I’ve been having conversations with folks recently about responsibility and blame. Mostly these discussions happen around the painful moments in people’s lives. In our culture, the prevailing belief is we are always and totally responsible for what happens to us. Given that, I guess I should not be surprised when others tell me they know the problem lies with them, or when I find myself saying such things about my own experiences.
The opposing view, just as much a part of the culture although less often acknowledged, is that everything happens pretty much by chance, or conversely, is completely predetermined, and there is not much we can do to affect the trajectory of our lives. One expression of this view was the long-held belief that genes were fate. Of course, genes do play a crucial role in our lives, yet this role turns out to be much more fluid and plastic than first thought. Life experiences, lifestyles, and learning all contribute to how genes are expressed; we are not automatons!
It seem to me the problem is that both these views support the dominant culture’s reliance on blaming. In the dominant view we are each responsible for all that happens to us, good and bad. There is no grasp of the basic concepts of ecology, or any appreciation for the complexities of living as an individual or community. Somehow, magically, everyone can be rich and healthy if the just choose to be; this disregards the fact that we share the world with innumerable other beings, some of whom eat us, just as we consume others. It also ignores the sad reality that our consumptive culture is rendering the planet unlivable for most beings; imagine how much worse things might be if everyone could endlessly consume! (I am reminded of the epic story of Coyotes theft of death, and how s/he brought relief to all Earth’s beings; everyone had previously lived forever in much misery.)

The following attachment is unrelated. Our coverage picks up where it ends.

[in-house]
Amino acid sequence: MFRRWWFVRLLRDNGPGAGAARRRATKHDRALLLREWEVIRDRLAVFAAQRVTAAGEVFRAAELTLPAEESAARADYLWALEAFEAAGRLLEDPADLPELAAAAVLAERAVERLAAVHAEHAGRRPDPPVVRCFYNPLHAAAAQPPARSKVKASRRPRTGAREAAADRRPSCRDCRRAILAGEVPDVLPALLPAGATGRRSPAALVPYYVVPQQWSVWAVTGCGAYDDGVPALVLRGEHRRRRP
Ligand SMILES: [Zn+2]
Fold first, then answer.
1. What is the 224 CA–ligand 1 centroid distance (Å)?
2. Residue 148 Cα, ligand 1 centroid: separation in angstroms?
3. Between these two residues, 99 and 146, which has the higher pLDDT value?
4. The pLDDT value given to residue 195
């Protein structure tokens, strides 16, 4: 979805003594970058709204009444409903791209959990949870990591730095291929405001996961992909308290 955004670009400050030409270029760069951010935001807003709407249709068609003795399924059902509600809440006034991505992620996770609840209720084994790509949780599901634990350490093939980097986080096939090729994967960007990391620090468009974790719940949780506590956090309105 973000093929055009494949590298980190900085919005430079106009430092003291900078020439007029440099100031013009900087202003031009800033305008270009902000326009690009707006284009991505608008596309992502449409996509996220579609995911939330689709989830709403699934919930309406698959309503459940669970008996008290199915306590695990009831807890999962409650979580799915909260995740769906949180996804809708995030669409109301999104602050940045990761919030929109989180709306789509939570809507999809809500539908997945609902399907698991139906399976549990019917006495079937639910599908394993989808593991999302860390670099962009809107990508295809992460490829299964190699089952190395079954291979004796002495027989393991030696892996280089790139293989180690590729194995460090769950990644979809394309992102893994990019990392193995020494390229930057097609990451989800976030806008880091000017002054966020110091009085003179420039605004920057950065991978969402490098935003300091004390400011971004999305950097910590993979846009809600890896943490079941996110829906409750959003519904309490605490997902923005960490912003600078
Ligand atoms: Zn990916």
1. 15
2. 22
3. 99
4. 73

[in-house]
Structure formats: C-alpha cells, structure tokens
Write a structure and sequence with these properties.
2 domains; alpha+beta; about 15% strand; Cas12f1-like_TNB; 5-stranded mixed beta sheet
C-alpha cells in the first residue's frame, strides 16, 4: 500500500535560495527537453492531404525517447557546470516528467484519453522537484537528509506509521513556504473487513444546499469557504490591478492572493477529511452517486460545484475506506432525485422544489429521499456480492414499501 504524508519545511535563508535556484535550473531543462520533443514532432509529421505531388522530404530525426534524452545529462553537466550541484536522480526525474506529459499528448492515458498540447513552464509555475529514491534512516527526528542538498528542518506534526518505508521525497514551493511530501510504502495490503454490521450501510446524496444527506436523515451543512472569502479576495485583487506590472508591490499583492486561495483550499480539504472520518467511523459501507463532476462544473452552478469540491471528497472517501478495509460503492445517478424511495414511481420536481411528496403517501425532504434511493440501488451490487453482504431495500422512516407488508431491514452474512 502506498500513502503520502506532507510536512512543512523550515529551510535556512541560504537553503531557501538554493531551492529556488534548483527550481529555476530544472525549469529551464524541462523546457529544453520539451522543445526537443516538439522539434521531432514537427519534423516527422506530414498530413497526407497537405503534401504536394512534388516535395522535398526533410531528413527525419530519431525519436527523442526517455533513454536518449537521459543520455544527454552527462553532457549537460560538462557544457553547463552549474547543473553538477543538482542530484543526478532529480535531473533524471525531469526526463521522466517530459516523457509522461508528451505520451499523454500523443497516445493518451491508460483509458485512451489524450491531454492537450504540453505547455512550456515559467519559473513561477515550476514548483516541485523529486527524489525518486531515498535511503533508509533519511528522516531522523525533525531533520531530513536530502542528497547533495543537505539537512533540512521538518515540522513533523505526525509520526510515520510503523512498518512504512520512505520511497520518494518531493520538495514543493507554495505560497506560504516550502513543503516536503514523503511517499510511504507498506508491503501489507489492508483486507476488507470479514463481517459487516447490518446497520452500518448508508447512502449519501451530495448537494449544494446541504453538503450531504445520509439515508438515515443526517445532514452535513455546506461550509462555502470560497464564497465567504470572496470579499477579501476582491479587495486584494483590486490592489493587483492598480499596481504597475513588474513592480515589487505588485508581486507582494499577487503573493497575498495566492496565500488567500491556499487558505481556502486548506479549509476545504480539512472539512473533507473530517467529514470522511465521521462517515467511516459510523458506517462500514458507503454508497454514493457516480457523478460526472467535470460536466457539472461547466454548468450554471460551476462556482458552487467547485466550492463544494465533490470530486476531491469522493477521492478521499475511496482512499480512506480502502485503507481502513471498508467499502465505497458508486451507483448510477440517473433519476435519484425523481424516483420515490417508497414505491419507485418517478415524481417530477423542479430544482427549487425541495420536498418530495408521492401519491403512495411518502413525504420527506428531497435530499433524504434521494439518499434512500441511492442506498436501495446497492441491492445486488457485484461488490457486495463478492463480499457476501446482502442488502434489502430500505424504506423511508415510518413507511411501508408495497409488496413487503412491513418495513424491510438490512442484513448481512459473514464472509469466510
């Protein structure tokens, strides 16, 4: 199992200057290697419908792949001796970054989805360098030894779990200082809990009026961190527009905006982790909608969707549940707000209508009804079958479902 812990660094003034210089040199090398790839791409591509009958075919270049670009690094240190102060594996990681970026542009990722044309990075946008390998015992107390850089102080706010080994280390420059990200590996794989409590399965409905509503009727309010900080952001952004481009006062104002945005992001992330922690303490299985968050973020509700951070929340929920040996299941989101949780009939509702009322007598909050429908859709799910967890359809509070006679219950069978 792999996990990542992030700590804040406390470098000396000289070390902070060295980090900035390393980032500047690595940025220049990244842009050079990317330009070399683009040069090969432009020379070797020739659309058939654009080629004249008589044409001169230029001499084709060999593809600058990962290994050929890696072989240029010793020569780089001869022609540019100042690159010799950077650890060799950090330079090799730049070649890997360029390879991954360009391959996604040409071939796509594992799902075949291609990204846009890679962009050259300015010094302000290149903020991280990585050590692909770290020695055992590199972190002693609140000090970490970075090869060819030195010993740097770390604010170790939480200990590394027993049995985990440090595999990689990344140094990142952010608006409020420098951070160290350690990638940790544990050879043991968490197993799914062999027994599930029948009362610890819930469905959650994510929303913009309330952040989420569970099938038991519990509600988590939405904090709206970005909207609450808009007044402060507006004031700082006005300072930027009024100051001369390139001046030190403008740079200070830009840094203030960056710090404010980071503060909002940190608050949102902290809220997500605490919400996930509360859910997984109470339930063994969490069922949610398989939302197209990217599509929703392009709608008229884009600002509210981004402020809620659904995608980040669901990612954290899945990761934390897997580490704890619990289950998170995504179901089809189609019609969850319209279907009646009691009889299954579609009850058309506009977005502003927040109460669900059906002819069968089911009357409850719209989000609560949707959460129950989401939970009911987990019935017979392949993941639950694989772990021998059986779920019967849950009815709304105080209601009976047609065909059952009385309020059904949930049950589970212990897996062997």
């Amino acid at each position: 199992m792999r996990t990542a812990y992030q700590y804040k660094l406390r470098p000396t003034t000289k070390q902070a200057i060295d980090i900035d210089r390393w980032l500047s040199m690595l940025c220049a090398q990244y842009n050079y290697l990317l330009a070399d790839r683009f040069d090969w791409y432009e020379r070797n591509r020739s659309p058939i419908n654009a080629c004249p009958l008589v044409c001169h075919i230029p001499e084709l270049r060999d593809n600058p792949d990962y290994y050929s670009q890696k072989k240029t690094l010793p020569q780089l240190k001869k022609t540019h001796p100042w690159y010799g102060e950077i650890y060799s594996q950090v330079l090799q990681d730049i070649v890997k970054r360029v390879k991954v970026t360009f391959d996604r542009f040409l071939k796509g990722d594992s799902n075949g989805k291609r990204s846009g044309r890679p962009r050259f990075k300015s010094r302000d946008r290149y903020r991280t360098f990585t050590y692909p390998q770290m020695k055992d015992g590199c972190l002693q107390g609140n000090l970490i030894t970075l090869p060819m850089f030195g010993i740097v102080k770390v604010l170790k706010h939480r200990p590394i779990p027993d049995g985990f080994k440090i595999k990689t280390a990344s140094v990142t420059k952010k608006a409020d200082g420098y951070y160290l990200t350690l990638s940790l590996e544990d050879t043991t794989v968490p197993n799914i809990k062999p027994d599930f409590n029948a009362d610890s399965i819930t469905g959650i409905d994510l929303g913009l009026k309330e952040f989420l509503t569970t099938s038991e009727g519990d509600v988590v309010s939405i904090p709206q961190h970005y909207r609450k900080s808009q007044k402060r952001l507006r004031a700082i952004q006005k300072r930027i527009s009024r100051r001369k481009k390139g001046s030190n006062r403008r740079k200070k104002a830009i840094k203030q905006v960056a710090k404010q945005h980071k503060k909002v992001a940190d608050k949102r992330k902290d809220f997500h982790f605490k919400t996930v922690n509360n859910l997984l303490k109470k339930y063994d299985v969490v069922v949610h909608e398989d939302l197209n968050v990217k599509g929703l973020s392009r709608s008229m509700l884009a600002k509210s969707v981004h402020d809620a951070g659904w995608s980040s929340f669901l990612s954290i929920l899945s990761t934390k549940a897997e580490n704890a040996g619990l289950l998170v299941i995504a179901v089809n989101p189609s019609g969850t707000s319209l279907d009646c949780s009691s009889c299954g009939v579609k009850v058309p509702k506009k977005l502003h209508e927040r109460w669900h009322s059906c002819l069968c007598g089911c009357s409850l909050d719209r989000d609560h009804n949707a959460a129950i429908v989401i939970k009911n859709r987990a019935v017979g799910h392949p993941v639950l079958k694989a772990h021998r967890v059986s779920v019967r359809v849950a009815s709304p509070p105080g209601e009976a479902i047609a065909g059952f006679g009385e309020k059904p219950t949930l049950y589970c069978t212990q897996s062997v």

I believe we are each responsible for making meaning from our experiences, for building a sense of self and relationship with others. There is an ancient shamanic idea that we build soul, and the relationships between souls that inhabit our bodies, through our responses to life’s events, that we become Selves though living; this is different from Jung’s much ballyhooed formulation of Individuation. The work of becoming Self incorporates all stages of life, including dying. It is said our task is to gather a basket of rich stories to share with the grandmothers and the Creator after we cross over to the spirit world. I like to imagine sitting by a fire within a circle of teepees, swapping stories with others. I love that in Beaver culture, there are those who are reborn and, as children, sit with their old friends and retell tales of their prior, shared, escapades!
So where does all this leave us? Somehow, in the midst of all the blaming and shaming, we must arrive at a reckoning with the complexity of life in an interconnected universe, the presence of Fate, and the simple imperative that all beings must die, if only to give others the opportunity to try out life on our lovely, magical planet. This view requires us to simultaneous accept whatever responsibility we can for our condition, and to have compassion for ourselves, knowing things are way complex and not always under our control. In the end, we are then left with lives that are rich and meaningful, and with many good stories to share and to bring home to the spirit world.